10.  U-District Clean Up:  Saturday, May 11, 9-9:30 a.m. breakfast and check-in, 9:30-noon clean up, 12-1:30 p.m. lunch and trash contest.  Meet in the northwest parking lot of University Heights, NE 52nd and Brooklyn Avenue NE.  Free food, free t-shirt, win prizes and help clean up the neighborhood.  To sign up, go to https://sites.google.com/site/udistrictcleanup/.  Questions?  Email udistrictcleanup@gmail.com.




11.  UWBG Student Poster Exhibit:  Public reception, Friday, May 17, 5:00 – 7:00 p.m., 3501 NE 41st Street.  UWBG student posters will be on exhibit in the Miller Library. Topics include environmental horticulture, conservation biology, restoration ecology and much more.  For more information, call 206-543-0415.




12.  “Get RainWise with your Neighbors” Workshop:  Saturday, May 13, 6:30 p.m. (doors open at 6 p.m.), Center for Spiritual Living, 5801 Sand Point Way NE.  Your neighbors are getting reimbursements from Seattle Public Utilities for installing beautiful and functional landscape features in their yards!  You can too.  Learn the steps to installing a RainWise rain garden or cistern, hear why homeowners in Ballard and Northeast Seattle decided to go RainWise, and have a chance to talk to the contractors that install rain gardens!  For more information, contact Greenblocks@sustainableseattle.org or Hannah Kett at hannahk@sustainableseattle.org. Brought to you in by Seattle Public Utilities, Sustainable Seattle, and Seattle Neighborhood Greenways.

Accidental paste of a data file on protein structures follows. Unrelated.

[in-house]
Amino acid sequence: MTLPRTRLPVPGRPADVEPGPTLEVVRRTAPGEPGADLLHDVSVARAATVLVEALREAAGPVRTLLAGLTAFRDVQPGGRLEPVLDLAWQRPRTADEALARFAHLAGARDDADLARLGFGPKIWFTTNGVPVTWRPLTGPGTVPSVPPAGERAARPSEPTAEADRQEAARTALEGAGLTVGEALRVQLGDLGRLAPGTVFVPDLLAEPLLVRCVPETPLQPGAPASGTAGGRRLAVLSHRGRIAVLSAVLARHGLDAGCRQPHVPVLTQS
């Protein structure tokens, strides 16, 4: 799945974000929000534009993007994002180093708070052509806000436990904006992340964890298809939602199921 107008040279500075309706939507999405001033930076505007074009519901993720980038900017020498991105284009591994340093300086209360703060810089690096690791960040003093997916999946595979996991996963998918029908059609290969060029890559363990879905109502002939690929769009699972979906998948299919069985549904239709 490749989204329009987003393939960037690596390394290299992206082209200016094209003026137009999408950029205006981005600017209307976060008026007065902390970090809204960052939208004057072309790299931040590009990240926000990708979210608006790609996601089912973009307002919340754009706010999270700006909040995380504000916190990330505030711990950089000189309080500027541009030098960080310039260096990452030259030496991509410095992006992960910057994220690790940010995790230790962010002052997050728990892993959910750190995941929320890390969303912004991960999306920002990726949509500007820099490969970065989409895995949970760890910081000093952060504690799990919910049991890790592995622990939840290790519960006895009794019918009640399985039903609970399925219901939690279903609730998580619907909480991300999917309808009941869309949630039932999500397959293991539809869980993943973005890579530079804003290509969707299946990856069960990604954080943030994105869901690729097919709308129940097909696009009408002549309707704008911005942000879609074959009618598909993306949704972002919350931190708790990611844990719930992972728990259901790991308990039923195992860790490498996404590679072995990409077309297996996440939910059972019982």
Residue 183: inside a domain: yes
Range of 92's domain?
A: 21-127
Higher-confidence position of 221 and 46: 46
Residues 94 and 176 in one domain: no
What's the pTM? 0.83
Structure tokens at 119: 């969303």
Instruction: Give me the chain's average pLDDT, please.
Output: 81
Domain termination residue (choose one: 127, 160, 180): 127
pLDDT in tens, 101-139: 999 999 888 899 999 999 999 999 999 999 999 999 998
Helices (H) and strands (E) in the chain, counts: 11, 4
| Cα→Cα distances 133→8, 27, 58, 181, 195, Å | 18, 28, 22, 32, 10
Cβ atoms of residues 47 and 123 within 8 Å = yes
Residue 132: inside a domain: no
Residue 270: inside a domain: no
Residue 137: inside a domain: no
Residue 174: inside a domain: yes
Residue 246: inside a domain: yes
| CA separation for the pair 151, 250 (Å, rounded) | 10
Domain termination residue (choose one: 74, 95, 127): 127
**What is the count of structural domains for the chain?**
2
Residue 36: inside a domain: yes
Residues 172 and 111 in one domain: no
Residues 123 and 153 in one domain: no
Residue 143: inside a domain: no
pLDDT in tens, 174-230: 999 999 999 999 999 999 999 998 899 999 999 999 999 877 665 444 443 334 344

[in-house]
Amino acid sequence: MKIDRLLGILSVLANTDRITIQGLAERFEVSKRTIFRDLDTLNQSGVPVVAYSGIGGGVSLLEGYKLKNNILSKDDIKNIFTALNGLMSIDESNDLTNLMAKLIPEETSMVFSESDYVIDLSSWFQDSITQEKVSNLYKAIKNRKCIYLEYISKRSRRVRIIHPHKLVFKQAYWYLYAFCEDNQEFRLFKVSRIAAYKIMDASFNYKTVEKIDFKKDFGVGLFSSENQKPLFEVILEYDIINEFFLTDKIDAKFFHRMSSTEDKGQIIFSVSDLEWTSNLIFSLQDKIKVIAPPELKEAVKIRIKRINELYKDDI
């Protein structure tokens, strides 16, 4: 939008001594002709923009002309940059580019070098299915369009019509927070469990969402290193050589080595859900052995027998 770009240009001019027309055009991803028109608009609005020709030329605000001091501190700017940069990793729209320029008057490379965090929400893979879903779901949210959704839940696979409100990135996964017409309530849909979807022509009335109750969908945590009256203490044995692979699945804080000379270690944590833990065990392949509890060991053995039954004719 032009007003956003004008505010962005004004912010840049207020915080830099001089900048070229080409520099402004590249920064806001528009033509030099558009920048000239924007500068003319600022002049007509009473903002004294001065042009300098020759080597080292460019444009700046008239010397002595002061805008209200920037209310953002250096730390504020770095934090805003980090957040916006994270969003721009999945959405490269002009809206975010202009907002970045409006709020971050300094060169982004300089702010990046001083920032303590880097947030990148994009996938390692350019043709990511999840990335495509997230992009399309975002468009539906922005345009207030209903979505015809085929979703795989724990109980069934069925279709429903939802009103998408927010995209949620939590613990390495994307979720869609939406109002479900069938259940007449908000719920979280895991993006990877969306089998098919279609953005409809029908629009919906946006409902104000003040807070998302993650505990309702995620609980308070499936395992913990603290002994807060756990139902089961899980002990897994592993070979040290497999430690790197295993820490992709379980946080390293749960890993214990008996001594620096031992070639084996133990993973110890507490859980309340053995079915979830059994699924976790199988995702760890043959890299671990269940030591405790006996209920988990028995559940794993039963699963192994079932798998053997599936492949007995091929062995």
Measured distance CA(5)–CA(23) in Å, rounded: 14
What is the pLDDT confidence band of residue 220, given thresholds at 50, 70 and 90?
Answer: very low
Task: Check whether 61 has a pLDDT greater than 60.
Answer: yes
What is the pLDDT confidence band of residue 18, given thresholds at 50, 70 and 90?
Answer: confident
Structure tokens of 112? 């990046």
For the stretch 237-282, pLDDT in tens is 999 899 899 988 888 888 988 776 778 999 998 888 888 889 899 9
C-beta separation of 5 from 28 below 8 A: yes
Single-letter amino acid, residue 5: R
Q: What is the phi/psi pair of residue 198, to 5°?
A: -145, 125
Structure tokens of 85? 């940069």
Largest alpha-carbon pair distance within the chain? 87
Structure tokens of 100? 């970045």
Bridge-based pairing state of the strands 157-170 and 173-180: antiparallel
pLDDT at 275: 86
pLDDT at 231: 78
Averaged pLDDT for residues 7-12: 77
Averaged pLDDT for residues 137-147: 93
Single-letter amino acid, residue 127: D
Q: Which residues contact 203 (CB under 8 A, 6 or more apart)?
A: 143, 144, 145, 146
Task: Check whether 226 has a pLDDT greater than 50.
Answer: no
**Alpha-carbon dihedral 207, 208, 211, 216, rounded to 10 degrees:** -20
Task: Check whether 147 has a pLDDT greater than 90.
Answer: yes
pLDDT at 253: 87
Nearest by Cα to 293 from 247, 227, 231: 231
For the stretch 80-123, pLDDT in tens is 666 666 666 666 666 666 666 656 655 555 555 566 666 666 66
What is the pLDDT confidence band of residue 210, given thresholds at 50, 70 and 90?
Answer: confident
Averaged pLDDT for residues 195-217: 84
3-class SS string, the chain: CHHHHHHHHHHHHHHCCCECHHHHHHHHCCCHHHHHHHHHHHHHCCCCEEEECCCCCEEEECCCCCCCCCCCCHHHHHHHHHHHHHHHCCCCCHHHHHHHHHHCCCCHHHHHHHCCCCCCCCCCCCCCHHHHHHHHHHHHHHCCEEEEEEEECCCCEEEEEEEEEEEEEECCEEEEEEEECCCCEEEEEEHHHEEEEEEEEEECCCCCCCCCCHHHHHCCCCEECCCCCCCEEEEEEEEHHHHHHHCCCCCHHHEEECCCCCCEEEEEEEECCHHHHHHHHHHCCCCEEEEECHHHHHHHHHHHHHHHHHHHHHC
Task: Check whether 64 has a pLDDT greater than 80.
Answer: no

13.  Sound Transit Update:  May 13 and on.  Demolition of the residential building and grading of the site.  The work hours are generally Monday – Friday from 7 a.m. to 5 p.m., but construction schedules are subject to change. Notifications will be sent out for significant changes.  For more information about the U District Station, contact Wilbert Santos at 206-398-5300 or northlink@soundtransit.org or go to www.soundtransit.org/udistrictstation. Report construction issues (after business hours) at the 24-Hour Construction Hotline at 888-298-2395.



14.  RadioActive Summer Workshop:  Applications dueon Monday, May 13.  Do you know young people aged 16-18 who want to tell stories and experience what it means to be a radio journalist?   In this fun, rigorous and hands-on workshop, youth ages 16-18 learn about journalism, audio recording, audio editing, interviewing, writing for broadcast, and speaking on the air.  During the program, the eight participants will collaboratively create a daily podcast for kuow.org, featuring their original reported stories.  For completing the program, students will receive a $750 stipend!  RadioActive participants have the chance to amplify their voices by telling true stories about their communities, and the topics that are important to them.